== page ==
Edward Marks Jr. Building

Adaptive Re-use and Restoration of Poorhouse

Location: 744 Main Street, Falmouth MA 02540
Applicant: Town of Falmouth
Grant: $40,000
Year/Article: November 2006, A9

In 2006 the Town of Falmouth requested and was appropriated $50,000 from the CPFund in support of a $400,000 project to complete the restoration of the former Falmouth Poor House at 744 Main Street. The building is Falmouth’s oldest municipal building, with a long social history of commitment to assisting those in need in Falmouth. It was originally built as a tavern on Sandwich Road, in 1800 known as Peter Yost’s Public House. In 1812 Falmouth bought and moved the building to its present location. Its interior remains a physical record of its long history and multiple uses as a workhouse, almshouse, poor farm and town infirmary. Accepted on the National Register of Historic Places in 1997, it stands as one of the last remaining Poor Houses in Barnstable County and Massachusetts. Built in the 18th century with mortise and tenon joinery, the 6000 square-foot 2.5-story house rests on a granite foundation with paired interior chimneys and a gabled roof. Its design is typical of other late buildings in the Colonial to early Federal period. The 19th century outbuildings and barn are gone but its small neighboring 1806 Methodist cemetery remains. Together the two serve as a primary historic landmark in modern Falmouth.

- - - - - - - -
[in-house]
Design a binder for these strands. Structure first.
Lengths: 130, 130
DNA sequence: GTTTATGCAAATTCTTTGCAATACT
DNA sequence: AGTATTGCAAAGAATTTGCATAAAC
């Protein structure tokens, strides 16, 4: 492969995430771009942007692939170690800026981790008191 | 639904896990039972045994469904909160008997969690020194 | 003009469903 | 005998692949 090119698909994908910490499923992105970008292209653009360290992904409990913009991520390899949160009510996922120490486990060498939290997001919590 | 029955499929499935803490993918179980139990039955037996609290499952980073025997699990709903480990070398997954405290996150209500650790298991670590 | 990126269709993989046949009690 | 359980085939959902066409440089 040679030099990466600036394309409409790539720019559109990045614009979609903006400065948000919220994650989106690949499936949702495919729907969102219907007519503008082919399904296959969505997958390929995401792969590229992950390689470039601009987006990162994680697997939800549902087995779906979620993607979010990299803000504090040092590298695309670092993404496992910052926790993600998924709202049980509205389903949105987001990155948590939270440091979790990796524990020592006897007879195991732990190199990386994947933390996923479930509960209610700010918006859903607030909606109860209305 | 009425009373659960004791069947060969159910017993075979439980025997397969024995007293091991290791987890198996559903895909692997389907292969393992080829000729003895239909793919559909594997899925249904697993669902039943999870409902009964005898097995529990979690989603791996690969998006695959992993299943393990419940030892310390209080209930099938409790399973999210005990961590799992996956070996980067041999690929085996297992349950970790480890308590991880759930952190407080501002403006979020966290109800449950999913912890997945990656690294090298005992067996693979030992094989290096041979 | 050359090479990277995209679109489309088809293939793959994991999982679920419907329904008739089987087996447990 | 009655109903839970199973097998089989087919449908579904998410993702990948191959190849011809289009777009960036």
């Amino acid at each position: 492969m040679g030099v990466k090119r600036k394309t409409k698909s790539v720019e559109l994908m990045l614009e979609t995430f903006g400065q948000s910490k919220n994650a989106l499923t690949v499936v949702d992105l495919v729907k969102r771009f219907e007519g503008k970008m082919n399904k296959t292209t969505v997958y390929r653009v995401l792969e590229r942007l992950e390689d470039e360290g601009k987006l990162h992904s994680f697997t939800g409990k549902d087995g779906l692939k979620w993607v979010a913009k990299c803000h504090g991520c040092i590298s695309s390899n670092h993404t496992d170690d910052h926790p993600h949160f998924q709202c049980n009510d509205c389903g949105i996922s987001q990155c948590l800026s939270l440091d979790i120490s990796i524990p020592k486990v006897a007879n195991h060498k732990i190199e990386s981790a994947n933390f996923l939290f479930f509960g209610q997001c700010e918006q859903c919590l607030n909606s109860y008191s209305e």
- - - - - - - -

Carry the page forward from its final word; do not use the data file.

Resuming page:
For more than thirty years, the Falmouth Artists Guild leased the property, but in 1996 it was found to be not suitable for habitation. Some said it needed a steel superstructure, but the Falmouth Historical Commission (FHC) persuaded planners to seek historically appropriate wood solutions. The Commission worked with the Guild to develop the design, construction, phasing, budget, and schedule and conducted an archeological survey of the property. Town Meeting appropriated $250,000 for the work, which allowed completion of structural repairs for the entire building but architectural rehabilitation for the first floor only. Work on the first floor rendered it fully accessible to handicapped people and provided office space as well as architectural interpretation of the historic uses of the building. It was renamed the Edward Marks, Jr. Office Building in memory of a “native son” who served Falmouth as a fire fighter, a member of the Finance Committee and as a member of the Board of Selectmen. The Falmouth Retirement System and FHC leased office space on the first floor. The next step was to rehabilitate the second floor space in an historically appropriate manner for adaptive re-use as office space.

The 2006 $40,000 CPFund grant was used to prepare the building program for this work, the design, and bid-level specifications. The work was completed in 2008.

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